Indeed, the ACT government plans to support 36MW of energy storage to be rolled out across more than 5000 Canberra homes and businesses between 2016 and 2020.

“By committing to support battery storage in this early stage of its entry into the market we want to open the door for the ACT to lead research into high-penetration renewables and attract international and national companies and research leaders into this developing space,” Corbell said in an official statement.

“Locally distributed storage has a number of benefits, such as situations where it can be directed to specific locations to overcome network constraints and the avoidance of costly network investment.

“Getting involved with batteries at this early stage makes good business sense by encouraging start-ups and other industry participants to consider moving to the ACT where a concentration of industry know-how will make businesses more viable.”

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  1. Alistair Spong 4 years ago

    No hint of redflow getting a job ? Is it that their battery was too large ?

    • barso 4 years ago

      It’s an auction, so Redflow probably came out more expensive based on the metrics/specs used for the auction.

      • Alistair Spong 4 years ago

        Yes , although after I posted I realised two things – one that it seems installers not manufacturers won the contracts and that redflow’s product may have been released too late to participate . Shame though , would have been wonderful to see an Aussie get up, maybe I’ll have to wait for the Olympics !

      • Ian f 4 years ago

        Yes i was looking for some redflow participation. Perhaps they are not linked to an ACT based installer

  2. john 4 years ago

    Canberra is showing a lead, rather a pity that the other states other than SA can not show a little bit of interest.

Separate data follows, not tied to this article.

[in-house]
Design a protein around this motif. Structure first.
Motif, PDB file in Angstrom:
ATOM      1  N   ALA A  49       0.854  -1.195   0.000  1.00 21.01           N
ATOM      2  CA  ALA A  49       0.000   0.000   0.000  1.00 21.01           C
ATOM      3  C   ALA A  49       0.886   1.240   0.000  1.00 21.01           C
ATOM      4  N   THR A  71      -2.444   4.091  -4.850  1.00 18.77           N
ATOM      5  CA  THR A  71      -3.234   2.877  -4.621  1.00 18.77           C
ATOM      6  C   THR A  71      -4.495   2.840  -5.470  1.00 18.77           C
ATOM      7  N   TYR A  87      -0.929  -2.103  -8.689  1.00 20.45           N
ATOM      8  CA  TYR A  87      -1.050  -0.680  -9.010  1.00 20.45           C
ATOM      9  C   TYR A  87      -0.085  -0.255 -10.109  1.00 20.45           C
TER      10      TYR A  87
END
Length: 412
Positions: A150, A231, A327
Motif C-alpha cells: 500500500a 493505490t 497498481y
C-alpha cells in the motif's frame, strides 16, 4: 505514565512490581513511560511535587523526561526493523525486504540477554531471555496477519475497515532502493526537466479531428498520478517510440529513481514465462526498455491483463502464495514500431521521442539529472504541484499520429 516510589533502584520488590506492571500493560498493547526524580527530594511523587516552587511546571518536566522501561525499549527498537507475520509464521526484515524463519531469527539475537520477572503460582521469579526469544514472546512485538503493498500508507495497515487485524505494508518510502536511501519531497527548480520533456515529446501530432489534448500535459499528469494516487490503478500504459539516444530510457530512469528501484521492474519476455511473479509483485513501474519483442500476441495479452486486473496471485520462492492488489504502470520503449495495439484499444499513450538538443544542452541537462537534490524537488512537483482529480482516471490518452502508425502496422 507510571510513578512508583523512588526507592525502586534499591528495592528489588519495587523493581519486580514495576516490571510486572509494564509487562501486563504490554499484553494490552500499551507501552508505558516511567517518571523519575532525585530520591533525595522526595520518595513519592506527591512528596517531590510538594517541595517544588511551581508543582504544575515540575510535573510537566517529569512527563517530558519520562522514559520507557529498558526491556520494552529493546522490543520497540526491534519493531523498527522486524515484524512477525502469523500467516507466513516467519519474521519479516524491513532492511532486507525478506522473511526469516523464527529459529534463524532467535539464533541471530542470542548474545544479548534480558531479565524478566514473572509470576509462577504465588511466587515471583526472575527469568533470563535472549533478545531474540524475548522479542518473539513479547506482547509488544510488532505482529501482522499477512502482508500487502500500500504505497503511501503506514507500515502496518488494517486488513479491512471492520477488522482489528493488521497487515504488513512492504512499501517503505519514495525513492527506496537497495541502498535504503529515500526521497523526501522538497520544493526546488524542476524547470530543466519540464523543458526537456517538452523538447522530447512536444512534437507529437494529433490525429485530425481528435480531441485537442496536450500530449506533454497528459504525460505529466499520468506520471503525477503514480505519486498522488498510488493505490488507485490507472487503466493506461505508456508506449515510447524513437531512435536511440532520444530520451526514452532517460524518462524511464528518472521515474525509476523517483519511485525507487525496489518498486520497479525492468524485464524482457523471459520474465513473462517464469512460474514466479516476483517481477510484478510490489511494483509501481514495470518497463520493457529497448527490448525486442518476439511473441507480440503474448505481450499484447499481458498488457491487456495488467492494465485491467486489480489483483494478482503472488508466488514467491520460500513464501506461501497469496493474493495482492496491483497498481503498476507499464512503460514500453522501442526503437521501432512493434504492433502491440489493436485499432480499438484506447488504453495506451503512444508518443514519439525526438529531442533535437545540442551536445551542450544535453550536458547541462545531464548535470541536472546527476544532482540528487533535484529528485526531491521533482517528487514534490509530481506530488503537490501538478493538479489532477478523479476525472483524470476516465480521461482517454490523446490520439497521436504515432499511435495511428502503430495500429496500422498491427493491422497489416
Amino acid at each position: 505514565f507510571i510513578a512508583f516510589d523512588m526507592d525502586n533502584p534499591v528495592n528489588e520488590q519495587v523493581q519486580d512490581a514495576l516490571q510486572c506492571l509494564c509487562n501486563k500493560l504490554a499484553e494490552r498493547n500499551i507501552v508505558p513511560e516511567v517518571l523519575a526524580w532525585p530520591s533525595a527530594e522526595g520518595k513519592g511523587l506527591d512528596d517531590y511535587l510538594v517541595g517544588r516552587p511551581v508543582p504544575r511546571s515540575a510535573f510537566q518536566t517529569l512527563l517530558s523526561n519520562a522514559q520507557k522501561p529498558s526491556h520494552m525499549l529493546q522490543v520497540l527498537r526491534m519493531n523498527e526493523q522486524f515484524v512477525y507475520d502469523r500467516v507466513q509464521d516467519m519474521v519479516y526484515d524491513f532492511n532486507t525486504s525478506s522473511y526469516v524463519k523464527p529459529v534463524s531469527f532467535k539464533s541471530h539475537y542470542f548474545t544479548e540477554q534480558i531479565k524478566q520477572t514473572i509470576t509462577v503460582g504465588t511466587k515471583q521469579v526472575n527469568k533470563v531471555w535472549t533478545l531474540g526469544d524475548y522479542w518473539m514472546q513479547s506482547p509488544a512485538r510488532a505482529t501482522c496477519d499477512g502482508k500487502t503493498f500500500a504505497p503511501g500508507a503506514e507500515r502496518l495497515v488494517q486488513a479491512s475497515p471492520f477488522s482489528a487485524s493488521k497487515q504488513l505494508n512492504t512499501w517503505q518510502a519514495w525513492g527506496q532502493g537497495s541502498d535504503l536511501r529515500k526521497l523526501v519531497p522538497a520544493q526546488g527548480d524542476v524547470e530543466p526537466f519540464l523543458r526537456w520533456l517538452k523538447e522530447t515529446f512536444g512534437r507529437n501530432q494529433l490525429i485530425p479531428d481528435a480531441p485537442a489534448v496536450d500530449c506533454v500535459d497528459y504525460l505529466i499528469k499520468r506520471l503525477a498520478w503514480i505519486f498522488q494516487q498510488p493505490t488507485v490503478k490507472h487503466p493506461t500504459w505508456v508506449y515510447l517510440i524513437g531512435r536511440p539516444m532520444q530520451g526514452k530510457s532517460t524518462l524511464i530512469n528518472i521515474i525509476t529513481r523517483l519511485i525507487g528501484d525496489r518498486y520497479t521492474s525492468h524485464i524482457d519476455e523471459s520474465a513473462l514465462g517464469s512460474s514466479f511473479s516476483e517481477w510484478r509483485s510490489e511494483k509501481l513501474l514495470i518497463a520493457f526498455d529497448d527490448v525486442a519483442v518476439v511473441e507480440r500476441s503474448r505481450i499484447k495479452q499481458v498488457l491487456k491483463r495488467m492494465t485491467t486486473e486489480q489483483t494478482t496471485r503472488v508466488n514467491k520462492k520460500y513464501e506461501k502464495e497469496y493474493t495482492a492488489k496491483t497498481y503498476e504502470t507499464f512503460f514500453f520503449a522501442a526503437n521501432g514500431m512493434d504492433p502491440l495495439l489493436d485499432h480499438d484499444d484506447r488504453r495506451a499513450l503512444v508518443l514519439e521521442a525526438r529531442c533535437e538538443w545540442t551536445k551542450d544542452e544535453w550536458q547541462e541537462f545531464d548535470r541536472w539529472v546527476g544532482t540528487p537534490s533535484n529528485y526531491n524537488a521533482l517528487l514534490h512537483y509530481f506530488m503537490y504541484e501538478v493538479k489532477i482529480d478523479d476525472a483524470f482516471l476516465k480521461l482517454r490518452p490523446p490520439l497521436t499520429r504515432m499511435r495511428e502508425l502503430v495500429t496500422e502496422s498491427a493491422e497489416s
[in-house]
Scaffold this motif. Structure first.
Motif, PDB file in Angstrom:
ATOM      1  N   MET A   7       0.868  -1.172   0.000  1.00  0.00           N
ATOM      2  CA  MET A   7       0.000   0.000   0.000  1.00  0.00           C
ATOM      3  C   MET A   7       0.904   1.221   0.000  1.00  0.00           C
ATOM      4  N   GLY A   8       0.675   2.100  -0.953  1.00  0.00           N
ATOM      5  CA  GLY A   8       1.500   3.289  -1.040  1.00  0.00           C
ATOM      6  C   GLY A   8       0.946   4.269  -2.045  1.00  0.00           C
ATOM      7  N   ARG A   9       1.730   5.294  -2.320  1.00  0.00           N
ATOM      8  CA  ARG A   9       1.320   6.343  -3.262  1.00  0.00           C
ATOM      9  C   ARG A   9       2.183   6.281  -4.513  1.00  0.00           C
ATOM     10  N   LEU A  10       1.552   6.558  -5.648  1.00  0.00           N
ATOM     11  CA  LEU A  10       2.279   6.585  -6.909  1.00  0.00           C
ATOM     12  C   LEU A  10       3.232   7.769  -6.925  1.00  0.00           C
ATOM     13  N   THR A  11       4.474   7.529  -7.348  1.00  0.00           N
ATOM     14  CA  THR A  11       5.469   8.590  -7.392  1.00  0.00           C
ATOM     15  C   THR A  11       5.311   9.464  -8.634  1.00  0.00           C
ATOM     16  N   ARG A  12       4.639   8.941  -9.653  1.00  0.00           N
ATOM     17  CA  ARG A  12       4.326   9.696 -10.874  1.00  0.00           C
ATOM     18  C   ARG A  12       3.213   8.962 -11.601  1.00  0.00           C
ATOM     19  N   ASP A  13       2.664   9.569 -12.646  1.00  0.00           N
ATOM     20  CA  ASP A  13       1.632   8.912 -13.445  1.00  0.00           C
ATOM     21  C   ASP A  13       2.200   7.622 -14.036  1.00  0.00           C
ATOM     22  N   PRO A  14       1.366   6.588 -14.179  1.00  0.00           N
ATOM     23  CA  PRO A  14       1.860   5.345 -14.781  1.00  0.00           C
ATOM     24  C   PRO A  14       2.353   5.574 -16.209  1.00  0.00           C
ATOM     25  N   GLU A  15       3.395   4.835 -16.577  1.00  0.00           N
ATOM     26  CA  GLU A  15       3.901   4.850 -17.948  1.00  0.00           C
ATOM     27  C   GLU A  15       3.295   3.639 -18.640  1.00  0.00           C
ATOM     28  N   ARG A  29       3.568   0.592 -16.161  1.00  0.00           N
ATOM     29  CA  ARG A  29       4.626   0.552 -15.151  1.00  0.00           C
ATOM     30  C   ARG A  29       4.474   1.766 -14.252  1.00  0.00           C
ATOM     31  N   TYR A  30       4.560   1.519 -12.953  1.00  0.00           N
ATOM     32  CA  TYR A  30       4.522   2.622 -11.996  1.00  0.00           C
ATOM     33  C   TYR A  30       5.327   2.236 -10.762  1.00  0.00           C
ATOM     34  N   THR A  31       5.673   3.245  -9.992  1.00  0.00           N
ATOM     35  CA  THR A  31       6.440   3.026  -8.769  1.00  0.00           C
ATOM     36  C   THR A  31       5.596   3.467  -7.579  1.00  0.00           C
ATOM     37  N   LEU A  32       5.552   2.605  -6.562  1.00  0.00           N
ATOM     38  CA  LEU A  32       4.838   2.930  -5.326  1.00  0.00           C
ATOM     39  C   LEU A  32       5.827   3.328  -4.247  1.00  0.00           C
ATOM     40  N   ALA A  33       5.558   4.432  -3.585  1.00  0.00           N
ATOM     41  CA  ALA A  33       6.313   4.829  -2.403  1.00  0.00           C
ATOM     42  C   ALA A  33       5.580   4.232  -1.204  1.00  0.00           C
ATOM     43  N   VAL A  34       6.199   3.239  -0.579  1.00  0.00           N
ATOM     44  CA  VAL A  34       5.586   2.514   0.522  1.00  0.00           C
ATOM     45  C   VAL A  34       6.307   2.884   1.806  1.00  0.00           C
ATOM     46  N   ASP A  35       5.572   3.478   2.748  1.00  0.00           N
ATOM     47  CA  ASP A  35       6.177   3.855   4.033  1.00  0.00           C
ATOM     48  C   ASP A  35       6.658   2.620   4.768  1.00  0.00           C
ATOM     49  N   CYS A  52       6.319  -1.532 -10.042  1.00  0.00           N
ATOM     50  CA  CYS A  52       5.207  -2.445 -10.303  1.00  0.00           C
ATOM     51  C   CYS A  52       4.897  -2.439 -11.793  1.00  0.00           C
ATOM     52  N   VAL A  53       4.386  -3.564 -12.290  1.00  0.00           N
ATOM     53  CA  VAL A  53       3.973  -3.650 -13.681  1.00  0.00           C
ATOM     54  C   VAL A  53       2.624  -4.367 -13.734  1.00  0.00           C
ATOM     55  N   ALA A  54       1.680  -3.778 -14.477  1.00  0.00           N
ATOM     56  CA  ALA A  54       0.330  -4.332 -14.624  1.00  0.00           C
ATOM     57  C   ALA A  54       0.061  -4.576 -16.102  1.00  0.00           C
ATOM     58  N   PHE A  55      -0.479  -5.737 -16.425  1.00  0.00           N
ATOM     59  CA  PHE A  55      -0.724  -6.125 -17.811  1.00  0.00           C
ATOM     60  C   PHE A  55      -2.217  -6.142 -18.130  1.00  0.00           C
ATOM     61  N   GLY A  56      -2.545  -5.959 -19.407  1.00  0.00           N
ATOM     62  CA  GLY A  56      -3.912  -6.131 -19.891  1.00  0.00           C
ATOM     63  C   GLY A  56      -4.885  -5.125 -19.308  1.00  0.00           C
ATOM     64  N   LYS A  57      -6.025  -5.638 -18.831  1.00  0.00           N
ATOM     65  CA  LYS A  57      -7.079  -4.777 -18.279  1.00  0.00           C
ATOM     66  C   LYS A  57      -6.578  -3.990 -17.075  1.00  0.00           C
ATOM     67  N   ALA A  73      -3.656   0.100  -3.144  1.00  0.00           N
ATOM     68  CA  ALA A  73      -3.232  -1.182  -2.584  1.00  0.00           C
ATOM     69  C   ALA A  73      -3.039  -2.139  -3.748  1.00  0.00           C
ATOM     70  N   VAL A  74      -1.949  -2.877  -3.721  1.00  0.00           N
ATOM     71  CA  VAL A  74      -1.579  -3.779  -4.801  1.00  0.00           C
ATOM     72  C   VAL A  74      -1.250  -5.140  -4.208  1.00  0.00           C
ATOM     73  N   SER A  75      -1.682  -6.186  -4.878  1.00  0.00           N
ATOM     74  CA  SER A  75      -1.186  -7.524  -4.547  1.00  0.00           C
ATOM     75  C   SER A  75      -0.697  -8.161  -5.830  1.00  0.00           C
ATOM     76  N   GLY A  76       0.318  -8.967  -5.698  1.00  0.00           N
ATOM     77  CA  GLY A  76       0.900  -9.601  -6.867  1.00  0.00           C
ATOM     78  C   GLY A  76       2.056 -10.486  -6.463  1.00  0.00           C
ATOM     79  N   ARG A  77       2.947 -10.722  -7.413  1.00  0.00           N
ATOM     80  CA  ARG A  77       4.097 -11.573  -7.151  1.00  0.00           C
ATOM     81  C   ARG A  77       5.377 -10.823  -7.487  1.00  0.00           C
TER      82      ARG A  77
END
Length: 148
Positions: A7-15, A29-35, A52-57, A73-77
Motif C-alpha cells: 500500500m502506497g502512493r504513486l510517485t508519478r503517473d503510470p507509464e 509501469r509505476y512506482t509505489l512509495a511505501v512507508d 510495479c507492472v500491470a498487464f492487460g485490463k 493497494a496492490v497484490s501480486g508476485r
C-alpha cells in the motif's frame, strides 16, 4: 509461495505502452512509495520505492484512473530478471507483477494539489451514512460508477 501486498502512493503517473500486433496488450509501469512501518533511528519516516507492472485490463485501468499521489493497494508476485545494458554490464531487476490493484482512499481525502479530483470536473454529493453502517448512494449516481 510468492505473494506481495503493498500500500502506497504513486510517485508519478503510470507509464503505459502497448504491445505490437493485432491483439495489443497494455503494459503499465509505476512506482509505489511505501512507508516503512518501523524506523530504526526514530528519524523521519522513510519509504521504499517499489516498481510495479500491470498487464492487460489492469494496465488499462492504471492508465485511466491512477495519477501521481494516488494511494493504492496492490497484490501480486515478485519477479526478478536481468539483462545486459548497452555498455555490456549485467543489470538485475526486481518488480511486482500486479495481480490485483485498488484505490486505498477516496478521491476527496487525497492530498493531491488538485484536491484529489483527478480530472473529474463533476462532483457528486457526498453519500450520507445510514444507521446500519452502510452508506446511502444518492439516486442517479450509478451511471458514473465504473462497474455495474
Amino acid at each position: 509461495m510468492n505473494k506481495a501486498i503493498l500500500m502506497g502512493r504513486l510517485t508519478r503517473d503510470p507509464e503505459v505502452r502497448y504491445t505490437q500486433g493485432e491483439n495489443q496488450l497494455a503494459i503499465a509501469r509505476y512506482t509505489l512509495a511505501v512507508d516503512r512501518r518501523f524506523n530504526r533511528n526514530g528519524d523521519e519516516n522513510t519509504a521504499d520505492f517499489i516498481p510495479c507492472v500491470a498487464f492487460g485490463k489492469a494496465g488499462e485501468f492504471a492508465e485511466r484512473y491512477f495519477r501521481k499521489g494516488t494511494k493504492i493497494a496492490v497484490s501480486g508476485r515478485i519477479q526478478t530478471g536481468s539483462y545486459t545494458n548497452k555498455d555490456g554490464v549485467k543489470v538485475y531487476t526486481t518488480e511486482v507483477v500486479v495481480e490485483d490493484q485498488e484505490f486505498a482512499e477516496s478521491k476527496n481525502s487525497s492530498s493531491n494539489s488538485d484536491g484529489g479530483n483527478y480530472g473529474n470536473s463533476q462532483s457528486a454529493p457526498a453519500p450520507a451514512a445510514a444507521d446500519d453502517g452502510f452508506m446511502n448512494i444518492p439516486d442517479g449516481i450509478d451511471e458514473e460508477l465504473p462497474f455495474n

Guess it is too science for the dumb clucks that make up the majority of federal and state parliaments in that country.

  3. Phil 4 years ago

    I think if the BYD Mini ES comes to Australia in a serious way it will really shake up the 3kw storage / output competitors

    The UK are training up the install staff for it now

    Being LiFePo4 it has a typical 6000 cycle life and is more intrinsically safe compared to other Lithium Ion battery chemistries that require cooling and can thermally runaway.


    • Brunel 4 years ago

      On the BYD website it says the battery is 3kWh.

      That is the proper way to measure battery capacity. Or they can use kJ.

  4. Robert Comerford 4 years ago

    LiFeCO2 and LiFePO4 are both common types of lithium ion batteries. However they don’t seem to want to clarify what is an important issue in their advertising. I suspect the batteries used are lithium cobalt types, but would be happy to be corrected. They are not welcome in my house ( I would want them in a housing well away from the house). The lithium iron phosphates are welcome inside however.

    • Phil 4 years ago

      How long before insurance companies only allow LiFePO4 inside a home for fire and smoke damage cover ?

      Even with thermal management of other Lithium Ion battery chemistry there is a thermal runaway risk. And enclosure or not if it’s inside what about the smoke damage ?

      The additional weight penalty of LiFePO4 is hardly an issue in a static home installation